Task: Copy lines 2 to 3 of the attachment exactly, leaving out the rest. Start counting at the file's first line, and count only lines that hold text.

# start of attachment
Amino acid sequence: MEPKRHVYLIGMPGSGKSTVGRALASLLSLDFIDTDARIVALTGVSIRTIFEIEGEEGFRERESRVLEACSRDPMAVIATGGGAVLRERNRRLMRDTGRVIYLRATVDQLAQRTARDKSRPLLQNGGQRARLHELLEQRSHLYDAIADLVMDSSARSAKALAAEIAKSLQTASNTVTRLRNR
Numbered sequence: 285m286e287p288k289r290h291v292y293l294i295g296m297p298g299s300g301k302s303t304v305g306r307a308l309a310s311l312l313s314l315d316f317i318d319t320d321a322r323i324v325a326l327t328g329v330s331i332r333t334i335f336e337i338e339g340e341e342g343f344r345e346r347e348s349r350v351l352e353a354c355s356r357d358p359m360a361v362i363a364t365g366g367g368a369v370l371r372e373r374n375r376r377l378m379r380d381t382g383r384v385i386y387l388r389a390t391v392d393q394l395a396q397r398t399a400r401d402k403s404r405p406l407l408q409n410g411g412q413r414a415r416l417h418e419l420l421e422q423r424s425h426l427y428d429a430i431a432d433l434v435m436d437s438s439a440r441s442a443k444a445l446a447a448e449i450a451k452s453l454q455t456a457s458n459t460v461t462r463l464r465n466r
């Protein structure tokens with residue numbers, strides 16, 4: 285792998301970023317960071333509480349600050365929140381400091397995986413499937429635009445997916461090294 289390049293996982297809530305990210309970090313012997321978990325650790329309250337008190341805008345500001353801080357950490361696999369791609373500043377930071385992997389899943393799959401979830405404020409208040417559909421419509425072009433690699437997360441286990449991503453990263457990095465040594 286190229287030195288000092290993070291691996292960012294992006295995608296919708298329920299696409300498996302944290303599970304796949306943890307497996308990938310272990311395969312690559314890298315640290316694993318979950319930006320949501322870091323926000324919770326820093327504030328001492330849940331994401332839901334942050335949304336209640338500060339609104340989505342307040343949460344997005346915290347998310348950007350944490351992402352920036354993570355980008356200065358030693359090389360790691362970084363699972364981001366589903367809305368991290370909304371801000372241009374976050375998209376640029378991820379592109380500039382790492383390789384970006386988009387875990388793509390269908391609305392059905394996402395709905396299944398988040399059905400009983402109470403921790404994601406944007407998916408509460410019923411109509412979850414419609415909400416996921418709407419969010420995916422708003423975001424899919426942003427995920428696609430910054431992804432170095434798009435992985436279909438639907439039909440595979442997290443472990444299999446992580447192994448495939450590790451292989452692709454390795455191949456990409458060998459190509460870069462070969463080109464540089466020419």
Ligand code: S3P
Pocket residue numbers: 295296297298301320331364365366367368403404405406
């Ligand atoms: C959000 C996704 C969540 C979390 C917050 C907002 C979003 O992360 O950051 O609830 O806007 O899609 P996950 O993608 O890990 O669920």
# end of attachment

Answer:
Numbered sequence: 285m286e287p288k289r290h291v292y293l294i295g296m297p298g299s300g301k302s303t304v305g306r307a308l309a310s311l312l313s314l315d316f317i318d319t320d321a322r323i324v325a326l327t328g329v330s331i332r333t334i335f336e337i338e339g340e341e342g343f344r345e346r347e348s349r350v351l352e353a354c355s356r357d358p359m360a361v362i363a364t365g366g367g368a369v370l371r372e373r374n375r376r377l378m379r380d381t382g383r384v385i386y387l388r389a390t391v392d393q394l395a396q397r398t399a400r401d402k403s404r405p406l407l408q409n410g411g412q413r414a415r416l417h418e419l420l421e422q423r424s425h426l427y428d429a430i431a432d433l434v435m436d437s438s439a440r441s442a443k444a445l446a447a448e449i450a451k452s453l454q455t456a457s458n459t460v461t462r463l464r465n466r
């Protein structure tokens with residue numbers, strides 16, 4: 285792998301970023317960071333509480349600050365929140381400091397995986413499937429635009445997916461090294 289390049293996982297809530305990210309970090313012997321978990325650790329309250337008190341805008345500001353801080357950490361696999369791609373500043377930071385992997389899943393799959401979830405404020409208040417559909421419509425072009433690699437997360441286990449991503453990263457990095465040594 286190229287030195288000092290993070291691996292960012294992006295995608296919708298329920299696409300498996302944290303599970304796949306943890307497996308990938310272990311395969312690559314890298315640290316694993318979950319930006320949501322870091323926000324919770326820093327504030328001492330849940331994401332839901334942050335949304336209640338500060339609104340989505342307040343949460344997005346915290347998310348950007350944490351992402352920036354993570355980008356200065358030693359090389360790691362970084363699972364981001366589903367809305368991290370909304371801000372241009374976050375998209376640029378991820379592109380500039382790492383390789384970006386988009387875990388793509390269908391609305392059905394996402395709905396299944398988040399059905400009983402109470403921790404994601406944007407998916408509460410019923411109509412979850414419609415909400416996921418709407419969010420995916422708003423975001424899919426942003427995920428696609430910054431992804432170095434798009435992985436279909438639907439039909440595979442997290443472990444299999446992580447192994448495939450590790451292989452692709454390795455191949456990409458060998459190509460870069462070969463080109464540089466020419």